Such energy austerity, argues Owen, will need a “revolution in human behaviour” and this behavioural change will require more than just a supreme effort of will.  Less driving, for example, must involve government policies such as re-purposing existing car lanes for bike or bus travel, as well as higher petrol taxes, parking fees and other costs of driving.  Advocating energy efficiency and green technology may feel enlightened, he says, but it “involves no political risk” compared to stern energy-cutting measures which do call for sacrifice (energy taxes, pricing carbon, etc.).

In his quest to be contrarian at all costs, however, Owen strains logic and fact, counterposing two strategies which should be complementary – both decreases in some energy-wasteful consumption and increased use of green energy.  Some activities, such as flying and the private motor car, as Owen eloquently argues, would seem to have little future in an environmentally sustainable world but renewable energy surely substitutes for fossil fuel use without enhancing greater carbon-based energy use (renewables are feared by fossil fuel corporations for the very reason that free, clean inexhaustible sources of energy threaten the polluting business model of the coal and oil bosses).

Owen argues, correctly, that no single renewable energy source can get us to a de-carbonised future but no one (except climate change denialists) is saying that solar alone, or wind alone, or tidal/wave alone, or geo-thermal alone can do it all.  A suite of renewables is required, and Owen’s statement that no credible renewable energy blueprint exists is wrong (‘Beyond Zero Emissions’ in Australia has done the detailed scientific and technical work of just such a plan for Australia).

In backing the one-trick pony of energy consumption cuts, Owen also distracts from the political task required to get to a green future.  He dismisses as politically impractical such policies as mass public transport, a renewable energy ‘Manhattan project’, eliminating fossil fuel industry subsidies, etc. but identifying the obstacle to such policies is vital to overcoming what makes them seem ‘impractical’.  That capitalism blocks the way means that governments, which have the resources and powers to drive change through investment and strong regulation, need to be politically challenged rather than surrendered to.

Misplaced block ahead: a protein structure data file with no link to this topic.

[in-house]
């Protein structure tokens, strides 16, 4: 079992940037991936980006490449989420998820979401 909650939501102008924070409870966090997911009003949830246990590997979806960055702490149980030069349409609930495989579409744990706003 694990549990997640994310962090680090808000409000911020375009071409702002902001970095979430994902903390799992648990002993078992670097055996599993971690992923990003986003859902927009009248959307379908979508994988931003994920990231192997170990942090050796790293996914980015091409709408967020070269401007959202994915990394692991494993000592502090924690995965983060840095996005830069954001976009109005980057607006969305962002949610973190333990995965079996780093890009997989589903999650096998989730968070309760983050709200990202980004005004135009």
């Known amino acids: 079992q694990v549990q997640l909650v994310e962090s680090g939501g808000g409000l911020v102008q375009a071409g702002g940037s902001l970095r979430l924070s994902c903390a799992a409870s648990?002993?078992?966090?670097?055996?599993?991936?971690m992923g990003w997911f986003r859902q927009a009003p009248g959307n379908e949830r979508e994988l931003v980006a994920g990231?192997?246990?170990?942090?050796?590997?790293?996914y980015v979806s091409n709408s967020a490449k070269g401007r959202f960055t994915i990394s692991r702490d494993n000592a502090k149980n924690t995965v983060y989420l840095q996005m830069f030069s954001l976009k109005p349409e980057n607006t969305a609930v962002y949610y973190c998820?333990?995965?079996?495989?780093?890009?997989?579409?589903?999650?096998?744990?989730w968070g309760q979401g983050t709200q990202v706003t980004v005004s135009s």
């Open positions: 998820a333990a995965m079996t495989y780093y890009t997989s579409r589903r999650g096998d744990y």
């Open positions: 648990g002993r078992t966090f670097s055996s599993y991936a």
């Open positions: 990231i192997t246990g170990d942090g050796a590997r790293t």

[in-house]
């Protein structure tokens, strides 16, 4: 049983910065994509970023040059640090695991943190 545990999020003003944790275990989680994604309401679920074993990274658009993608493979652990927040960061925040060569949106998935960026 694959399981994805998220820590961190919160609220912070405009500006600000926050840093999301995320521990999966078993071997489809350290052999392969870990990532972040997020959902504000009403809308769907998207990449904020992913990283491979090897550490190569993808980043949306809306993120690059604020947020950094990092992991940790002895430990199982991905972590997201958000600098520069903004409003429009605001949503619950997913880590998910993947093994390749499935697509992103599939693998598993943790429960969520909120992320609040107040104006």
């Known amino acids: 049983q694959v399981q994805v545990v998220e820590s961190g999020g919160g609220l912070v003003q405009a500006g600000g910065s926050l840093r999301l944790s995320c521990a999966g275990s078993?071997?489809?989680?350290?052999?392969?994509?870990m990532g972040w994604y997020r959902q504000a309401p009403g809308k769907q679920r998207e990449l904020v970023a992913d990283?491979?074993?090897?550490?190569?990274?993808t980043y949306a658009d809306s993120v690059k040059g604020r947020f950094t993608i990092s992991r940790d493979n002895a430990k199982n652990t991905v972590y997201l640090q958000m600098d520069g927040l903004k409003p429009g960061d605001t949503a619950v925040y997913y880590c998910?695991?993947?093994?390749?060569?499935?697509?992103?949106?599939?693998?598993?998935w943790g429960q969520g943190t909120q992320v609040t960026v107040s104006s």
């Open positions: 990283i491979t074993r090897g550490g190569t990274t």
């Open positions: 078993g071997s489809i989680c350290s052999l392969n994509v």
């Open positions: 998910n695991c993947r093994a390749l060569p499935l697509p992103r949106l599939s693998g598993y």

Whilst Owen is prepared to question basic capitalist economic faith (“economic growth, fuelled by energy consumption and natural resources, is not sustainable” and thus we “can’t grow our way out of energy, climate, resource, pollution, poverty and global equity problems”), his diagnosis that the problem lies with “over-consumption” and “acquisitive longing” for material goods misses the real problem – over-production by capitalists engaged in the cut-throat struggle to out-compete their rivals in the making and selling of ever more stuff to grow their capital and boost their short-term profit returns.

In the end, Owen, despite his best intentions, winds up in a tangled knot of his own green conundrums.  His negativism is such that when he claims that the carbon footprint of heavy investment in green technology to solve the world’s greenhouse ills would outweigh the existing carbon footprint of fossil fuels, it seems that he has disappeared up his own conundrum.